These alternative investments are attracting millennials amid economic woes
A smiling young woman in glasses talks on a smartphone
The collapse of Silicon Valley Bank (SVB) may feel like it happened a lifetime ago, but a new survey analyzed by Moneywise reveals that it may be partly responsible for spooking investors, particularly millennials, into thinking twice about putting their money into traditional investment vehicles during times of high inflation.
A recent survey by retirement resource company Retirement Living discovered that 43% of millennials made alternative investments between October 2022 and March 2023, right around the time of the SVB collapse. Since the bank’s failure, 1 in 4 survey respondents reported an increased interest in alternative investments.
More than three-quarters (78%) of survey respondents made investments during that six-month period, but of those only one-third were alternative investments.
The most popular alternative investments among survey respondents were in cryptocurrency, collectibles, and gold.
“The uncertainty of the stock market makes it likely that I won’t make any money with traditional investing, and possible that I will even lose money,” a 39-year-old woman who was surveyed told Retirement Living. “It’s important to diversify, and now is a good time to look into alternatives.”
So how can you start investing in these different types of assets?
Nearly 1 in 5 of survey respondents who made investments did so in cryptocurrency. But further research by Retirement Living found that searches for “best cryptocurrency to buy” decreased by 72% from April 2022 to March 2023.
This discrepancy may be because crypto hasn’t established itself as a reliable investment. Legendary investor Warren Buffett even stated that he would “never” invest in crypto because it does “not meet the test of currency.”
Despite its rocky reputation, crypto continues to attract a younger audience. According to a survey by crypto exchange Bitget released in April 2023, 46% of millennials across 26 countries owned cryptocurrencies. That’s compared to 25% of Gen X, 21% of Gen Z, and just 8% of baby boomers.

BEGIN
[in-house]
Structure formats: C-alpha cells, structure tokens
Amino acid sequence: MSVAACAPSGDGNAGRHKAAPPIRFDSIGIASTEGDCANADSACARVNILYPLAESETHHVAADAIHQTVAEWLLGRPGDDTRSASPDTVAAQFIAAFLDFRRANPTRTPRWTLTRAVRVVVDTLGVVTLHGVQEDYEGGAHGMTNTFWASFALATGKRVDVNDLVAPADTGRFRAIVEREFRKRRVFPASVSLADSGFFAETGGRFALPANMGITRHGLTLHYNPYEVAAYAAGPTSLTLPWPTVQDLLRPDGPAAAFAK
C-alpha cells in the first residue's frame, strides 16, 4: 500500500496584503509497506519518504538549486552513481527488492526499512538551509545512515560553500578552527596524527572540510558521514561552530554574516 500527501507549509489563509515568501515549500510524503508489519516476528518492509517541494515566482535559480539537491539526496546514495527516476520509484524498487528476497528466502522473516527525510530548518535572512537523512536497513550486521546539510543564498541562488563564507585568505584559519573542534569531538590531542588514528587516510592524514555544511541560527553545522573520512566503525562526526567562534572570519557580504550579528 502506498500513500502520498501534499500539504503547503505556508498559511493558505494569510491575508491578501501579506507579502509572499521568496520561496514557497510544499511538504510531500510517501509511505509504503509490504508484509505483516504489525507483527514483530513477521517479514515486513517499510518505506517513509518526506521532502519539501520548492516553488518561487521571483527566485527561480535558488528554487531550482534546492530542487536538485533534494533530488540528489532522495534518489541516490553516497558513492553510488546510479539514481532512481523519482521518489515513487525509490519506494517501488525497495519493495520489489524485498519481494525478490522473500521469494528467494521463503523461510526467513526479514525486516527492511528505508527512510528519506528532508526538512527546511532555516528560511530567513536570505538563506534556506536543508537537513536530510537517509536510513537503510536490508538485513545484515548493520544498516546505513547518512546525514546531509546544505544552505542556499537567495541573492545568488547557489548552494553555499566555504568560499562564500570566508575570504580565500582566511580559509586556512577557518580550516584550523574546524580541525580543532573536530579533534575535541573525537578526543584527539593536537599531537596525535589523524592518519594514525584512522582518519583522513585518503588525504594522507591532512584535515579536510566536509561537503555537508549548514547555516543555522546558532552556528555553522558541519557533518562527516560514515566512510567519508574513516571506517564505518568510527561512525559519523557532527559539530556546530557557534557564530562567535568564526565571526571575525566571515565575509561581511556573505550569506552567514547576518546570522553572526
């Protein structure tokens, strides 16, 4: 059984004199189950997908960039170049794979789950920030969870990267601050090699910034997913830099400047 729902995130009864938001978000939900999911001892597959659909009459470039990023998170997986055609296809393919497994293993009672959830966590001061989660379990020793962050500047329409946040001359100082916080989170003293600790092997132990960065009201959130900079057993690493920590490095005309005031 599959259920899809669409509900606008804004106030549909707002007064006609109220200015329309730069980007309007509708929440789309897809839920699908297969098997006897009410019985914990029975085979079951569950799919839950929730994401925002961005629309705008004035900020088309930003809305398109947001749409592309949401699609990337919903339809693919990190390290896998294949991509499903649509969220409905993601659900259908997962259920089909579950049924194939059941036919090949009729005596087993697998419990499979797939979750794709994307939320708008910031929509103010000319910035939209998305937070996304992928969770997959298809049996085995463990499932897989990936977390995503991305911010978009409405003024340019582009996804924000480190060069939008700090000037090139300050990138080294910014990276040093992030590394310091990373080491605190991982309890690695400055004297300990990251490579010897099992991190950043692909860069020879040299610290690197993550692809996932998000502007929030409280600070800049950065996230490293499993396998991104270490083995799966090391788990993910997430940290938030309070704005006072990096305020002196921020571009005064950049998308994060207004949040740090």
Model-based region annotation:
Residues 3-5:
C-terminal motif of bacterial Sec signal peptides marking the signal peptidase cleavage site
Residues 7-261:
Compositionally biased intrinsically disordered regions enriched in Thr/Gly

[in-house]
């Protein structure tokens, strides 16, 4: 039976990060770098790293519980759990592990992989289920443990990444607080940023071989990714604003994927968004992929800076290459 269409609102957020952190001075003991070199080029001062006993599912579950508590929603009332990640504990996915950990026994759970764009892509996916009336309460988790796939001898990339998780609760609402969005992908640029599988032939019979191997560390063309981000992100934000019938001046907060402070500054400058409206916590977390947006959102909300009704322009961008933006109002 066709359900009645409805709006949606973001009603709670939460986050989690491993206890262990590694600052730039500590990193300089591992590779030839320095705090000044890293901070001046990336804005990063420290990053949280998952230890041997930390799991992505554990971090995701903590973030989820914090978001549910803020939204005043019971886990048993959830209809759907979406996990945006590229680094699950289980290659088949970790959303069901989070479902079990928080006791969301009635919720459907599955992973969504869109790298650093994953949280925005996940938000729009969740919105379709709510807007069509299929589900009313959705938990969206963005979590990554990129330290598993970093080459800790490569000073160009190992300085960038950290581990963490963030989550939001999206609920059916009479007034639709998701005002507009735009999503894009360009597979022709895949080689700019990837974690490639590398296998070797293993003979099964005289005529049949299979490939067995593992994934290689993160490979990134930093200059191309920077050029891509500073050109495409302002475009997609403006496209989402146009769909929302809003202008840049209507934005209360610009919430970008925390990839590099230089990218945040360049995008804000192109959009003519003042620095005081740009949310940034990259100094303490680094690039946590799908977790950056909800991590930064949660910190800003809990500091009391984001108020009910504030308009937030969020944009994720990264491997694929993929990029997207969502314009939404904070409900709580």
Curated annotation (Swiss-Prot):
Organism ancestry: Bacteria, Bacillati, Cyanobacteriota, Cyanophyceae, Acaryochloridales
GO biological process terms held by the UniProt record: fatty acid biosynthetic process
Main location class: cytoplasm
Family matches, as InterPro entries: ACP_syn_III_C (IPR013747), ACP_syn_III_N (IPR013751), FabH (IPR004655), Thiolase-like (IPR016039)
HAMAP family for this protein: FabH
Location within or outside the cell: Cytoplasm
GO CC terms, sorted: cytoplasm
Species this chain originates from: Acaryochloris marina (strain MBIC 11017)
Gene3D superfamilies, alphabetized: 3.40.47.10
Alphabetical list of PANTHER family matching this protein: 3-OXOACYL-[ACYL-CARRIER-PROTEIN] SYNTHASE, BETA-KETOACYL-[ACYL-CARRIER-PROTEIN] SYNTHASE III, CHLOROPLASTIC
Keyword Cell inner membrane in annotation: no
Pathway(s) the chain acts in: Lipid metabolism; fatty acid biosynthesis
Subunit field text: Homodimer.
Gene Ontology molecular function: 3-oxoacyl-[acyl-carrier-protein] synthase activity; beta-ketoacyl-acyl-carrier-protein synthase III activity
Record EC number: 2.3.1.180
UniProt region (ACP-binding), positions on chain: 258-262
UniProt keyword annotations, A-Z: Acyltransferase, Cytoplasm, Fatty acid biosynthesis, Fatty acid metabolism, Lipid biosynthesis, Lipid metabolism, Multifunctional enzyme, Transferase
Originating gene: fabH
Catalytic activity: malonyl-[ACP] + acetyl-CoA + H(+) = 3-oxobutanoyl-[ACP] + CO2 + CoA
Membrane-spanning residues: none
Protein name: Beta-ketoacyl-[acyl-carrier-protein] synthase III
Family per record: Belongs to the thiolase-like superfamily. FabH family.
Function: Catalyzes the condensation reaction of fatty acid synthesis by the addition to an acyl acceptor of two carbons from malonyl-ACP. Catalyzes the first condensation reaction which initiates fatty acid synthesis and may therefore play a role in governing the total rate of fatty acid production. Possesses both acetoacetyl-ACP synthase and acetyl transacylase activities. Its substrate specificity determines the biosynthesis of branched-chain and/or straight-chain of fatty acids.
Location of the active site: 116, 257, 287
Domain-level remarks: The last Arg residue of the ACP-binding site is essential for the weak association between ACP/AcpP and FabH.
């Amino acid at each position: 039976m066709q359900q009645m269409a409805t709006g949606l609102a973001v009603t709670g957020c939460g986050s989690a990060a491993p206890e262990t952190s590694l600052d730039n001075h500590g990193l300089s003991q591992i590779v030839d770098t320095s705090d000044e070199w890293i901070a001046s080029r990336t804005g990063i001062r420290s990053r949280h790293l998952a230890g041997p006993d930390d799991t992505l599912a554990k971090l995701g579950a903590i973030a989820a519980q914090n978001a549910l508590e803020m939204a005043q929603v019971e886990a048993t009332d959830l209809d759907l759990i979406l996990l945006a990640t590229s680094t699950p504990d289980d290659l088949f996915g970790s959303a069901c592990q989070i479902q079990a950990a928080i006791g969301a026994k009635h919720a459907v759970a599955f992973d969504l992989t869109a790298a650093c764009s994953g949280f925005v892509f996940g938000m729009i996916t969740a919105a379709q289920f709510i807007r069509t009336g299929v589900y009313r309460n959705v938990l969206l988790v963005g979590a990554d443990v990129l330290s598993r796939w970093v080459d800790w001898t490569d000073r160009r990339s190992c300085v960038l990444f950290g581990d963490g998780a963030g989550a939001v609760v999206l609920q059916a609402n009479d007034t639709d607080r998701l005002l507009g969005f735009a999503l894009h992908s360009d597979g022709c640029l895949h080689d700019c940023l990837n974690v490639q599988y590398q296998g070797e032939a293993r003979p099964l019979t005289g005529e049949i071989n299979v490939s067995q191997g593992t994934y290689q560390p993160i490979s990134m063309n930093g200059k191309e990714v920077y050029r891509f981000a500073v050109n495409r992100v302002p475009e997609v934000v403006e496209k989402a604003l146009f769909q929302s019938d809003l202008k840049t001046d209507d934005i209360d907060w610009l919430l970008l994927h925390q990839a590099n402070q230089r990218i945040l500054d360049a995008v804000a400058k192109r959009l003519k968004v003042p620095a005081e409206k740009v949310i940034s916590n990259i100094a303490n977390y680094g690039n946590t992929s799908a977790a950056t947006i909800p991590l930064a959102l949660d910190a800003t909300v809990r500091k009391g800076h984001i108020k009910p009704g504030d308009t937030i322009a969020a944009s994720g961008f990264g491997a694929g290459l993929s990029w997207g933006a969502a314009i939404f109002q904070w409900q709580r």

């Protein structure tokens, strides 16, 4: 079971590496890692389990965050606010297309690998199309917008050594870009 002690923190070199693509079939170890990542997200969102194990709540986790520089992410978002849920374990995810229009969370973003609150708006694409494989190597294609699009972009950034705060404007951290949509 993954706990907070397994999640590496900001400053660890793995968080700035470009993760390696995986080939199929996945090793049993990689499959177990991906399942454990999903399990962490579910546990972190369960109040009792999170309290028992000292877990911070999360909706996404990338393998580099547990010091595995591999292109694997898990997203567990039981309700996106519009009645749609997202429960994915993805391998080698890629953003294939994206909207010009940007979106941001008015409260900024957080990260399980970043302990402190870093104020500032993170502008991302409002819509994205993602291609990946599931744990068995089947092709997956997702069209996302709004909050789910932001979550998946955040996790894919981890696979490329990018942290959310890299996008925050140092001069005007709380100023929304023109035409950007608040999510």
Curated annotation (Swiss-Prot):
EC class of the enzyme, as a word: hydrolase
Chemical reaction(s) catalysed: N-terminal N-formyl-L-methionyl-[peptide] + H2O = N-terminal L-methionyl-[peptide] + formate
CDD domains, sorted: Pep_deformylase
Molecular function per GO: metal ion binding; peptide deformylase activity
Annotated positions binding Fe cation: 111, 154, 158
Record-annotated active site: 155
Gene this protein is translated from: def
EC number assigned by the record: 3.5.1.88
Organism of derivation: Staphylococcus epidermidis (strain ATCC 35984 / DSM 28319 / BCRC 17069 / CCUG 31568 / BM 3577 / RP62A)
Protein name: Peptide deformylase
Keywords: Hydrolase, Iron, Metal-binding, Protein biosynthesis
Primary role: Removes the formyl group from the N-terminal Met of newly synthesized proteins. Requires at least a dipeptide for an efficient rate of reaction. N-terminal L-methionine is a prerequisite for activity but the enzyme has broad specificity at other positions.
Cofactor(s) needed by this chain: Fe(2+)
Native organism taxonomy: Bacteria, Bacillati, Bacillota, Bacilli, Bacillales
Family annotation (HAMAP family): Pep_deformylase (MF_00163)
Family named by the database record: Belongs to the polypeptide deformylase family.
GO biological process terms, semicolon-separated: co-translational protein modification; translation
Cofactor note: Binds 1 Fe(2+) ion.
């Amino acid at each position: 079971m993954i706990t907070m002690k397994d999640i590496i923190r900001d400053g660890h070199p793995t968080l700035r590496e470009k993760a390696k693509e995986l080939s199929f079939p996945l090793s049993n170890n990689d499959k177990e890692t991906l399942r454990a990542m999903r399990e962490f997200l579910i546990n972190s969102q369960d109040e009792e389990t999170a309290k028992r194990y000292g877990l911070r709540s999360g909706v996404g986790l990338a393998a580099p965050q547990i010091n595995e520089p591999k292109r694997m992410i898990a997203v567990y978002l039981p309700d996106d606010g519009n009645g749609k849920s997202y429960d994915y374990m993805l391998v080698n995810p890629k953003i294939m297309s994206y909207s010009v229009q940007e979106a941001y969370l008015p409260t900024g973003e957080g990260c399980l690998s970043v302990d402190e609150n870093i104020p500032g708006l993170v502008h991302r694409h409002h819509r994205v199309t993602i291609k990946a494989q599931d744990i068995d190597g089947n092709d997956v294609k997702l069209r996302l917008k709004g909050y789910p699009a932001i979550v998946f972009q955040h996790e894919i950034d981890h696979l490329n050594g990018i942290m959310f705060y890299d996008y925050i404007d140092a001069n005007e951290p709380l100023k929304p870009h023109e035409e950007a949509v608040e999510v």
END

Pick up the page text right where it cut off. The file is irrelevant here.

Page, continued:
If you want to invest in crypto, you can do so easily through online investing apps. Just be aware some platforms charge fees.
You may think collecting baseball cards and stamps is for kids, but it can earn you big money. Around 6% of Retirement Living survey investors have put cash into collectibles, tied with gold as the second most popular alternative investment.
Now, you don’t need to go digging around your basement to find your Babe Ruth card to get in on the action. Collectibles include items from cars to artwork to wine, and many are accessible via investment platforms.
Some collectibles, however, can take a long time to accrue value, and they’re illiquid so you need to find sellers to get you that good payoff.
But collectibles can also bring greater returns than liquid assets. For instance, according to ArtPrice, the top 100 artists at auction have outperformed the S&P 500 in growth recently.
Gold is the most trusted alternative investment among Retirement Living survey respondents — even though only 6% of those who invested added it to their portfolio.
The nice thing about investing in gold is that it has inherent value. So even when the stock market is up and down or inflation is driving you wild, you can almost always trust that a pawn shop will want your wedding band.
You can buy gold in physical forms, like bars or jewelry. But there are also investing apps and gold IRAs to make purchases even easier.